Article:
They shall not make a bald spot on their heads, and they shall not shave
a corner of their beard. In their flesh they shall not cut a cutting. They
shall be holy to their G-d…for the fire-offerings of Hashem…they offer, so
they must remain holy.
There is not much new here. All of these prohibitions have been stated
before, and apply to everyone, including the vast majority of people who are
not kohanim. Why does the Torah need to carve out a special place for
these laws in regard to kohanim?
Two of the three prohibitions deal with our reaction to death. Many
religions, old as well as new, have a special relationship with death. Death
is where G-d takes over. G-d asserts His power specifically in overcoming
life, which He abandons to the whims of Man. By dealing illness, death and
destruction, G-d forces Man to recognize Him and fear Him. He remains,
however, foreign to life, from which He is excluded as an active force.
Even faiths that theoretically involve G-d in all matters of life are often
unsuccessful in having adherents pay much attention to anything but the
finality of death. Priests are called upon by people to minister to the dead
or dying who had no use for them in the bloom of life. The most impressive
ceremonies address the aftermath of life rather than life itself; places of
worship are often literally juxtaposed to graveyards. Sometimes, the
ceremonies for the dead will compel the faithful to think of their mortality
while they are still living, and concern themselves with their hope for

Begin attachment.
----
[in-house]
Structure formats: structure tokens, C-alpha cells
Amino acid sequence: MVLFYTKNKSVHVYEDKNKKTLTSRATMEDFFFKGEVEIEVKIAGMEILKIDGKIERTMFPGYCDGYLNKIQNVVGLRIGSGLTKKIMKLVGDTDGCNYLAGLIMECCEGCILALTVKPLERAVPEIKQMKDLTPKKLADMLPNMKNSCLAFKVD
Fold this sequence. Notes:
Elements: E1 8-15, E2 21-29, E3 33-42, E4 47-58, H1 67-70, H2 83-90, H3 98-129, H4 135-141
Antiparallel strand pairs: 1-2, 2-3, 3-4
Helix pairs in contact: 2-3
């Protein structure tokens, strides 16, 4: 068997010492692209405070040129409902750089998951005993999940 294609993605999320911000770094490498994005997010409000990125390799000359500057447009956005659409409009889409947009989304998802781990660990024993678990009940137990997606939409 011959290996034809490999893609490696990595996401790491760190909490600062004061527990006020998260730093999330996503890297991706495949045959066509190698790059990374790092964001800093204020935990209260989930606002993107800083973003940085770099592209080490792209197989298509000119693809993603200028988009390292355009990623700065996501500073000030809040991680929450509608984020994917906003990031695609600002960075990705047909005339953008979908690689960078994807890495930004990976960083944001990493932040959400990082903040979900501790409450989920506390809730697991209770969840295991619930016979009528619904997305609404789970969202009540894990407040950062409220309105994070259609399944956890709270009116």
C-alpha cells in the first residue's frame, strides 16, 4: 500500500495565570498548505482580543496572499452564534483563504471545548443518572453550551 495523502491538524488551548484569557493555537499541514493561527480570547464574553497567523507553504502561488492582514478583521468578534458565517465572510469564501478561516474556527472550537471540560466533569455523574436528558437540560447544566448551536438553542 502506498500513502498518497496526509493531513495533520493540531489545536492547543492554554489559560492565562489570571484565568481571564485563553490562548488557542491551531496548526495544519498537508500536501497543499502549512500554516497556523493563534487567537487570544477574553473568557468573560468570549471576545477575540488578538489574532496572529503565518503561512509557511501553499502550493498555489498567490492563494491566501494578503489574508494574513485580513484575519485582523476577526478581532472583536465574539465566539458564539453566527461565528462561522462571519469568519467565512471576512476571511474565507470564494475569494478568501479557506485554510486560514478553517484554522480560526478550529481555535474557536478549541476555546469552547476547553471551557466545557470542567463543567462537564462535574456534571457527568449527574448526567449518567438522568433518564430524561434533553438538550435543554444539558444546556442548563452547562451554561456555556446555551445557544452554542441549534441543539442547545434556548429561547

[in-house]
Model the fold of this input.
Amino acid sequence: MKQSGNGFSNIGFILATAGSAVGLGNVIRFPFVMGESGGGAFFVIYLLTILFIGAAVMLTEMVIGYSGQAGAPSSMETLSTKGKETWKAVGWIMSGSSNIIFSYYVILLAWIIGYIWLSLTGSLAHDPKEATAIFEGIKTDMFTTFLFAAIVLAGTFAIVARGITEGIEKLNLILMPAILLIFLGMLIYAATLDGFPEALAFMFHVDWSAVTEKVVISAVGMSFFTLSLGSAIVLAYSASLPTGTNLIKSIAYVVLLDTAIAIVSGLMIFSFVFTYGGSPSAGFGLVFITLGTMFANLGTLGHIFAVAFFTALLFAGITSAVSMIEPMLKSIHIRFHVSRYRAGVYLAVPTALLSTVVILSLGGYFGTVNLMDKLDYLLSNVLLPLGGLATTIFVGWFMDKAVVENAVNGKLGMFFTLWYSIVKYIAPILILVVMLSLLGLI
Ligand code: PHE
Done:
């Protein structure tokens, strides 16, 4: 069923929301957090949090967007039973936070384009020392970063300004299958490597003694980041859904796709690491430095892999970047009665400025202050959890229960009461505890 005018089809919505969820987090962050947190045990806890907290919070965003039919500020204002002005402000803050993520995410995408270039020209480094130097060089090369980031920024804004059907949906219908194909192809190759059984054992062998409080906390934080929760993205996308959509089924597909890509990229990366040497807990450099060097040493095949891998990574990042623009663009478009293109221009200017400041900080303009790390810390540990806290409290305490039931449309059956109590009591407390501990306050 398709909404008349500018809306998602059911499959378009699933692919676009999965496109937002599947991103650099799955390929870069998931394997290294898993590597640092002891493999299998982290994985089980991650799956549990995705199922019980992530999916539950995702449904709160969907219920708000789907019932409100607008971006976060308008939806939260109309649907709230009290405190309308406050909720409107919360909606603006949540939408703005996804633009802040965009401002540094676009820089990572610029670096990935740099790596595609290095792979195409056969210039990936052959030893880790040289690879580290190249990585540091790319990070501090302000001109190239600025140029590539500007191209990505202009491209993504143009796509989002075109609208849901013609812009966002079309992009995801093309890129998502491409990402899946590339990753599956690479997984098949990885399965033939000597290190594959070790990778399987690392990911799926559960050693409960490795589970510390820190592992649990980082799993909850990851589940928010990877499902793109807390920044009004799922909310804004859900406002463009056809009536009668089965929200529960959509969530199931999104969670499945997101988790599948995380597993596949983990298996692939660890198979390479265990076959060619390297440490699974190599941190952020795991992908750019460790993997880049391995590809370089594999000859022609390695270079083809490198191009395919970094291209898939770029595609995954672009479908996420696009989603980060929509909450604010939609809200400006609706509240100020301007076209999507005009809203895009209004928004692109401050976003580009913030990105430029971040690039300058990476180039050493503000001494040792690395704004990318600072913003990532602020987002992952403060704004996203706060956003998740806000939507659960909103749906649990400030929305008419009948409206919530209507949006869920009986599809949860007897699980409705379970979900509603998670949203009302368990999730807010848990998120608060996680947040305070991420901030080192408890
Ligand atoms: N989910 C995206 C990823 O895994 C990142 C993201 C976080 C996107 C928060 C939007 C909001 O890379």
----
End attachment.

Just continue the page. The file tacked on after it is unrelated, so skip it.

immortality – of life after death.
The Torah wants us to preoccupy ourselves with life, not with death. The
kohen must serve as representative of the values of a full, rich life,
enjoying its myriad blessings in the context of service of Hashem while
elevating them towards His values. The kohen is the symbol of living to our
fullest capacity, of avoiding the countless half-deaths we inflict upon
ourselves when we remain limited and bound by our physical urges and flaws
of character. The Torah insists that the kohen remove himself from the
entire arena of death.
When the living gather to perform the final acts of chesed to a lifeless
body whose soul had departed for the next world, the kohen does not preside.
Moreover, he stays away entirely. He makes only two exceptions. When a close
relative dies, the bonds and responsibilities of family trump those of
responsibility to the rest of the community. He therefore participates in
the burial of parents, siblings, children and spouse. If he should chance
upon lifeless remains that no one else attends to – a meis mitzvah – he
foregoes his priestly role and takes up the primary role of fellow human
being, responding to the image of G-d that would otherwise be desecrated.
Others reacted to death by proclaiming that they were irrevocably diminished
through their loss. They did this by tearing out hair and creating bald
spots, or by cutting into their flesh. Both of these practices are forbidden
to ordinary Jews. Our pasuk tells us that they are doubly forbidden to the
kohen. He can never wear messages about death upon his body. Whatever he
broadcasts has to be a message about life.
Ancient religions also paid homage to the very human foibles of their gods,
who often lost themselves in hedonic abandon to their sensuality. Glorifying
the sensual thus celebrated the various gods. Some of this preoccupation
with the sensual has survived thousands of years of history and remains part
of some modern faiths.
Here, too, the Torah wants the kohen to have nothing to do with such
mistaken deviance. It is forbidden for all Jewish men to shave the “corners
of the head,” the boundaries that separate between the various bones of the